“I am not sure I will ever know where the courage came from.” Izumi continued without acknowledging she’d seen anything. “Of course the retainers had always deferred to me as my father’s daughter, but I knew that if I tried to give Saburo orders, he would ignore them completely. Instead I went inside and changed.”

Izumi laughed. “You should have seen their faces when I came out with my sleeves tied back and carrying my naginata. How they kept from laughing, I do not know. Oh, I know how to use it well enough, my father made sure I was taught, but I am sure they thought I was just putting on a airs. Still, my family is Bushi, after all, and sometimes that means putting on a show, so they stood beside my horse with sober faces and held my weapon while I mounted.”

Tomoe imagined her getting on the horse with shaking hands and weak knees. She’d known that fear and uncertainty. Fushimi had taught her how small and frail a single human can be and it had showed when she stumbled getting to her feet.

“Was it a show?” She asked.

“I suppose.” Izumi said after a moment. “I had no real plan beyond trying to shame them into fighting.”

Tomoe nodded. She’d done it often enough herself, gotten others to stand their ground by standing hers, but she’d never had to choke down her own fear first and she wondered which of them was the braver.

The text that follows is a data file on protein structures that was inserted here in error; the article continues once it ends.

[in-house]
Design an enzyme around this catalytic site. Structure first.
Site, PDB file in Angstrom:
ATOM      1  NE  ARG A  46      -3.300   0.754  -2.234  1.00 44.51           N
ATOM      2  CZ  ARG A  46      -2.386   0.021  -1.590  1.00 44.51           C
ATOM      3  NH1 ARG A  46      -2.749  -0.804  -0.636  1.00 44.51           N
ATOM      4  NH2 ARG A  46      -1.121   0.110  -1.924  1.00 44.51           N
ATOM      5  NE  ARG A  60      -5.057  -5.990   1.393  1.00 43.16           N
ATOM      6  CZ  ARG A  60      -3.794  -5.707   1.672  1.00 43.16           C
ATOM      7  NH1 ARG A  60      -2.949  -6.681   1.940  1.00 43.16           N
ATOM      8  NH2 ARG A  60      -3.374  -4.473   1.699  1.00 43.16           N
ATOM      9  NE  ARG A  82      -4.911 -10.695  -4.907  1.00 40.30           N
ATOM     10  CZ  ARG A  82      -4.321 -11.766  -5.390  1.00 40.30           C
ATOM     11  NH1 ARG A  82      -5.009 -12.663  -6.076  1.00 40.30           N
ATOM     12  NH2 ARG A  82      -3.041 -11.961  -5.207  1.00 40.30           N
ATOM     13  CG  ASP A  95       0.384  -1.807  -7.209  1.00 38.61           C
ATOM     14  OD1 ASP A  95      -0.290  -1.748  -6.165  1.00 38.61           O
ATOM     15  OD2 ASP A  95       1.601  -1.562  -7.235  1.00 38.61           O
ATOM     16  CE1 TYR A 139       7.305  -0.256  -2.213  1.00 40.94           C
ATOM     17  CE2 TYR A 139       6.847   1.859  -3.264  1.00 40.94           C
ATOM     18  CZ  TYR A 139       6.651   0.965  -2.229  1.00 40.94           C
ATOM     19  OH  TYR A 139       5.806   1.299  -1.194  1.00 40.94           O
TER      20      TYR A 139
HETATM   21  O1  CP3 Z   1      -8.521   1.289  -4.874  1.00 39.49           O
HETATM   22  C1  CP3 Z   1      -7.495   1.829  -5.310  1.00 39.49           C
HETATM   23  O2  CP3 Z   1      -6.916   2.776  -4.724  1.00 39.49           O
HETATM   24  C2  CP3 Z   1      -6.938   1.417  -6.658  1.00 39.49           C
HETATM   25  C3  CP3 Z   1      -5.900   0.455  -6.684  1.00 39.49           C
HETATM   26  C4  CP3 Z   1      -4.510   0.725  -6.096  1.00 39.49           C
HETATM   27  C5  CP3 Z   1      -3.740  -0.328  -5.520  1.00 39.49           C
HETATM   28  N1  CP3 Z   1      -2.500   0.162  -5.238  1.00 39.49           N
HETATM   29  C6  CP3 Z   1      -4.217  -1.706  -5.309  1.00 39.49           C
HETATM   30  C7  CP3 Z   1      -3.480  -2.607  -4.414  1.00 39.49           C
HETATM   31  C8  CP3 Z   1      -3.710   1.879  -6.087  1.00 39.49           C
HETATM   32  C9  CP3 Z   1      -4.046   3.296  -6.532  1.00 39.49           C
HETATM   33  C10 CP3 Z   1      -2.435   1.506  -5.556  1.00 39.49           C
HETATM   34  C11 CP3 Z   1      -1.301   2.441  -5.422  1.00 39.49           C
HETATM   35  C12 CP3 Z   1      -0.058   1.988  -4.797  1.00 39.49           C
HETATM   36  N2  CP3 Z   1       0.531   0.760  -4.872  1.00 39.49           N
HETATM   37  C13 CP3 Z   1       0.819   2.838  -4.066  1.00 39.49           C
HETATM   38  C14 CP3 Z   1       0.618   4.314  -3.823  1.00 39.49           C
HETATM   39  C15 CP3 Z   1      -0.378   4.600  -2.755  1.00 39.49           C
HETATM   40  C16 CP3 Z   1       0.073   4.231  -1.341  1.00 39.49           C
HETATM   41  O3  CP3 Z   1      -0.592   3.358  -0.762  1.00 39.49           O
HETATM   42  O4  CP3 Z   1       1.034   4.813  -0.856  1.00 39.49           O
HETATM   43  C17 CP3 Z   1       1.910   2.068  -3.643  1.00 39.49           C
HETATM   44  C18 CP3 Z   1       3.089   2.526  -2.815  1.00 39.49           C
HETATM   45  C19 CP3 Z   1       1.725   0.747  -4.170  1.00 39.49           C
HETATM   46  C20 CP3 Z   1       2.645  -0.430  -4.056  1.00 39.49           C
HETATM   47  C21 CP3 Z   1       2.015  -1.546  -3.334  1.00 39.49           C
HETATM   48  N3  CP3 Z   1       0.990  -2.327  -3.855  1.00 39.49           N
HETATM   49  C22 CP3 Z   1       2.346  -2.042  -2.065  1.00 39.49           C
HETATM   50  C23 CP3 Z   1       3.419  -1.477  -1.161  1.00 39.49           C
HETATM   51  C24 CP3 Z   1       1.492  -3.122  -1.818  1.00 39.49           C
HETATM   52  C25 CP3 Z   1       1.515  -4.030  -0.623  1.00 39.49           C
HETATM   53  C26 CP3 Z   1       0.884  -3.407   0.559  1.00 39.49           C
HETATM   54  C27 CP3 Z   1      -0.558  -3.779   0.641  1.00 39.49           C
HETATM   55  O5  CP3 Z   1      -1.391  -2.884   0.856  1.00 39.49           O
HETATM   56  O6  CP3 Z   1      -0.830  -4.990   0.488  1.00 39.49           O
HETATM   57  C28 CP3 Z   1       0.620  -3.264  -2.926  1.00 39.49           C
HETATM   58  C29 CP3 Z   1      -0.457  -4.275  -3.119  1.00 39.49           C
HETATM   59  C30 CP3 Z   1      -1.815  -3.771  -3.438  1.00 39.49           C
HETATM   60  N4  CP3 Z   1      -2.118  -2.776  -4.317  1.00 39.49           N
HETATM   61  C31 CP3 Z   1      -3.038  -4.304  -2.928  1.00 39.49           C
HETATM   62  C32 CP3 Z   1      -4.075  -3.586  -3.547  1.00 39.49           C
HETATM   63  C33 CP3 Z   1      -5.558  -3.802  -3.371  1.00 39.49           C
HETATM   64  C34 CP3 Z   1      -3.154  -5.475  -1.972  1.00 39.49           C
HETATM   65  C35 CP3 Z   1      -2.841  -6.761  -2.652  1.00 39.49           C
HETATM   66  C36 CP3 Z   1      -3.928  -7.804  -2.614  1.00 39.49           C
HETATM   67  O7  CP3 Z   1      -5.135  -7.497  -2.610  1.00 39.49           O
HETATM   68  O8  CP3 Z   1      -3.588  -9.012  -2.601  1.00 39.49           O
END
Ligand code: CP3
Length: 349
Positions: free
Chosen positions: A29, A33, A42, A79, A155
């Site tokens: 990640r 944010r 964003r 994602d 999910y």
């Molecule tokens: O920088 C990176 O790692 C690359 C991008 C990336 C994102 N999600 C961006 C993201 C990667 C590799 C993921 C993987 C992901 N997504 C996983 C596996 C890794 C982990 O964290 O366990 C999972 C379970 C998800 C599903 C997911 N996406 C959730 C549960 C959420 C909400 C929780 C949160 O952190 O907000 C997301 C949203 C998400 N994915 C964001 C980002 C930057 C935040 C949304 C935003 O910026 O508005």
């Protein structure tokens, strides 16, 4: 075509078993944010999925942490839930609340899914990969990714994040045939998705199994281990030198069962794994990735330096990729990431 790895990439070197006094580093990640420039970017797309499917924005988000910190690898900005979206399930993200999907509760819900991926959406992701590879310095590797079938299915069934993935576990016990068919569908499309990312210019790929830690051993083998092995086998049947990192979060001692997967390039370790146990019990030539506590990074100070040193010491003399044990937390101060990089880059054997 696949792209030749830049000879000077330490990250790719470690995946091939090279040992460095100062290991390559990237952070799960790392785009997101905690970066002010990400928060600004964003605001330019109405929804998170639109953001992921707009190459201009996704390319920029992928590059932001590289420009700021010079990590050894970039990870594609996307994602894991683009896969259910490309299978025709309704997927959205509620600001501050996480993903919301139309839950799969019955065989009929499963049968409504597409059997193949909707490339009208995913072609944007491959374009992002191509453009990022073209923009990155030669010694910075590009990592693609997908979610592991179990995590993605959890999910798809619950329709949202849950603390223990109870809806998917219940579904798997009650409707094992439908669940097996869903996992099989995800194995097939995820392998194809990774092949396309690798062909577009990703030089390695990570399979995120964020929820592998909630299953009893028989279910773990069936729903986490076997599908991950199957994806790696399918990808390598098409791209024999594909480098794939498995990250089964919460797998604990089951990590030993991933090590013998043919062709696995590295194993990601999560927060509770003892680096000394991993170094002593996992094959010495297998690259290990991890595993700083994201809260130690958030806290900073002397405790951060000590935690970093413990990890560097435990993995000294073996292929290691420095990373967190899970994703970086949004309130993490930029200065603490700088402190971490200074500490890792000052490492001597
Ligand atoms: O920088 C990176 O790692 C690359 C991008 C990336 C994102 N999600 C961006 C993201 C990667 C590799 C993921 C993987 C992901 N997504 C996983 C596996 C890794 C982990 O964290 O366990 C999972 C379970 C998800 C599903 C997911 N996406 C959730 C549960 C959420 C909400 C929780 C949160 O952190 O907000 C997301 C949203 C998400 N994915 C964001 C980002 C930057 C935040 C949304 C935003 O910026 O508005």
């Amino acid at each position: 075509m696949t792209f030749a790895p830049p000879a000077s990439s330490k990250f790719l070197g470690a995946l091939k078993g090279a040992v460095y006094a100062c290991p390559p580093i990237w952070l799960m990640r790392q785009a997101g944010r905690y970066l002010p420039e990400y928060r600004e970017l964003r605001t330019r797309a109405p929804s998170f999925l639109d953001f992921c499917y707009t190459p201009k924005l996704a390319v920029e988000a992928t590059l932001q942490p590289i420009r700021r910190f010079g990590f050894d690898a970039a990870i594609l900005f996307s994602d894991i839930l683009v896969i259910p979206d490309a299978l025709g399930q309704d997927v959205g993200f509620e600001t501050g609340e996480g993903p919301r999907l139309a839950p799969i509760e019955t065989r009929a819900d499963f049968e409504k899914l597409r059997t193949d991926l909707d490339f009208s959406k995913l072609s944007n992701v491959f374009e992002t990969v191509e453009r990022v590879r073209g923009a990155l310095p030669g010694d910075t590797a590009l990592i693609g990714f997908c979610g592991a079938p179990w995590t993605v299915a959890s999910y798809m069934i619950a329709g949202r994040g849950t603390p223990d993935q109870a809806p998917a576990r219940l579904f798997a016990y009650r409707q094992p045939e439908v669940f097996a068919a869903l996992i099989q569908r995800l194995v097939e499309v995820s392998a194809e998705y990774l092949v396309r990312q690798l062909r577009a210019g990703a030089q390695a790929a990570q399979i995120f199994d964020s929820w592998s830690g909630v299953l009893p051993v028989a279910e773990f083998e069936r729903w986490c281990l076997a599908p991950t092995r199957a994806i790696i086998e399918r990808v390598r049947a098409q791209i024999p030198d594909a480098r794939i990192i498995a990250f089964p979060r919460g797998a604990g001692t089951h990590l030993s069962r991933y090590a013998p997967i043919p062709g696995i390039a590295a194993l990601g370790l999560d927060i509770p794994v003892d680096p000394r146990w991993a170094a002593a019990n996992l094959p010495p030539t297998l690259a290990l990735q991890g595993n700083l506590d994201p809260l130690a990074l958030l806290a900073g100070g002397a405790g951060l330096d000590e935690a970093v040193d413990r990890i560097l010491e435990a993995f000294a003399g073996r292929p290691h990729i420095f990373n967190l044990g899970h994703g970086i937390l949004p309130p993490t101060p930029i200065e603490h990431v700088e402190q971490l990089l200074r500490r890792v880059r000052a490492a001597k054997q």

“As we passed the gate, I turned my horse down the road that wound its way through the fields. I could see the dust from the brigands horses drawing closer. Saburo rode up and tried to grab the reins of my horse, but I slapped at his hand with the flat of my blade and told him we should stand and fight.

“I will not bother to tell you how Saburo and I argued – I suspect you know how it went. In the end I was just so angry at him that I kicked my horse and galloped down the road with Saburo at my heels. Oh, the things he screamed at me. I can still make him blush with the merest hint of what he yelled at me during that wild charge.

“There weren’t very many bandits and I galloped through them so fast I didn’t even get the chance to swing at any of them. By the time I turned around Saburo was in the middle of them, his sword flashing in the sunlight, and the others had followed us down the road. A few of the brigands got away, but most were killed and everyone thought the two of us were heroes.”

Izumi stopped and looked at Tomoe. She and Saburo had kept this a secret between them for so long that it felt odd to tell the story to anyone else. A kind of pleasant betrayal. The legend had become more important than the truth, because it made so much of what she’d done after possible, and yet it felt good to let go of it after all these years, even if just to this stranger.

“We became good friends over the years, Saburo and I. It was Saburo that had the armor my brother had outgrown remade to fit me. Though, the truth be told, I doubt he would ever have let me near another battle if he’d had a choice.

“More tea?”